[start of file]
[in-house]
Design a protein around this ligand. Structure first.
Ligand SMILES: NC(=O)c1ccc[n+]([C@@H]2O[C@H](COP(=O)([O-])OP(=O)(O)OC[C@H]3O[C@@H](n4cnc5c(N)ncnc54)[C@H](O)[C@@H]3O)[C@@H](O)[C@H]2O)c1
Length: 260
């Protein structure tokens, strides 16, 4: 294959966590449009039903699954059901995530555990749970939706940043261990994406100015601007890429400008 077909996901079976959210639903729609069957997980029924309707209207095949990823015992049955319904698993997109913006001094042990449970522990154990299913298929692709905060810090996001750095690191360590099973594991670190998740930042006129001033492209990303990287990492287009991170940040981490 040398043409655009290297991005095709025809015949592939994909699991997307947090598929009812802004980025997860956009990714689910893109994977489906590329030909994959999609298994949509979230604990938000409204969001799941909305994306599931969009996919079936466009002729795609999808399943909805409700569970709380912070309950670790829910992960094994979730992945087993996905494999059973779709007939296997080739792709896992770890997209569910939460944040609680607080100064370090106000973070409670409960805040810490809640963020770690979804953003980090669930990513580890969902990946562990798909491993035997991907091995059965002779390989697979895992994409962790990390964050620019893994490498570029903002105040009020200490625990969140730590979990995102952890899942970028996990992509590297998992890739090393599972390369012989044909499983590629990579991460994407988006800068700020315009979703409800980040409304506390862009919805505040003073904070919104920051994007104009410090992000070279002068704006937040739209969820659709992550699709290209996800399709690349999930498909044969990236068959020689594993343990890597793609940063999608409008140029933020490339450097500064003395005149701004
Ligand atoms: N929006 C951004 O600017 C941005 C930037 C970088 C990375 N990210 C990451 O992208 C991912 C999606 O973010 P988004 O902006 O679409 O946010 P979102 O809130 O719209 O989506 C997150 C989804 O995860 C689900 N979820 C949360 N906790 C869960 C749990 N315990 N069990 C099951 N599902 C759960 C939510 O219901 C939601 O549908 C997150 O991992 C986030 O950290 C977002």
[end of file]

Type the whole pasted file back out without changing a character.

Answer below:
[in-house]
Design a protein around this ligand. Structure first.
Ligand SMILES: NC(=O)c1ccc[n+]([C@@H]2O[C@H](COP(=O)([O-])OP(=O)(O)OC[C@H]3O[C@@H](n4cnc5c(N)ncnc54)[C@H](O)[C@@H]3O)[C@@H](O)[C@H]2O)c1
Length: 260
């Protein structure tokens, strides 16, 4: 294959966590449009039903699954059901995530555990749970939706940043261990994406100015601007890429400008 077909996901079976959210639903729609069957997980029924309707209207095949990823015992049955319904698993997109913006001094042990449970522990154990299913298929692709905060810090996001750095690191360590099973594991670190998740930042006129001033492209990303990287990492287009991170940040981490 040398043409655009290297991005095709025809015949592939994909699991997307947090598929009812802004980025997860956009990714689910893109994977489906590329030909994959999609298994949509979230604990938000409204969001799941909305994306599931969009996919079936466009002729795609999808399943909805409700569970709380912070309950670790829910992960094994979730992945087993996905494999059973779709007939296997080739792709896992770890997209569910939460944040609680607080100064370090106000973070409670409960805040810490809640963020770690979804953003980090669930990513580890969902990946562990798909491993035997991907091995059965002779390989697979895992994409962790990390964050620019893994490498570029903002105040009020200490625990969140730590979990995102952890899942970028996990992509590297998992890739090393599972390369012989044909499983590629990579991460994407988006800068700020315009979703409800980040409304506390862009919805505040003073904070919104920051994007104009410090992000070279002068704006937040739209969820659709992550699709290209996800399709690349999930498909044969990236068959020689594993343990890597793609940063999608409008140029933020490339450097500064003395005149701004
Ligand atoms: N929006 C951004 O600017 C941005 C930037 C970088 C990375 N990210 C990451 O992208 C991912 C999606 O973010 P988004 O902006 O679409 O946010 P979102 O809130 O719209 O989506 C997150 C989804 O995860 C689900 N979820 C949360 N906790 C869960 C749990 N315990 N069990 C099951 N599902 C759960 C939510 O219901 C939601 O549908 C997150 O991992 C986030 O950290 C977002």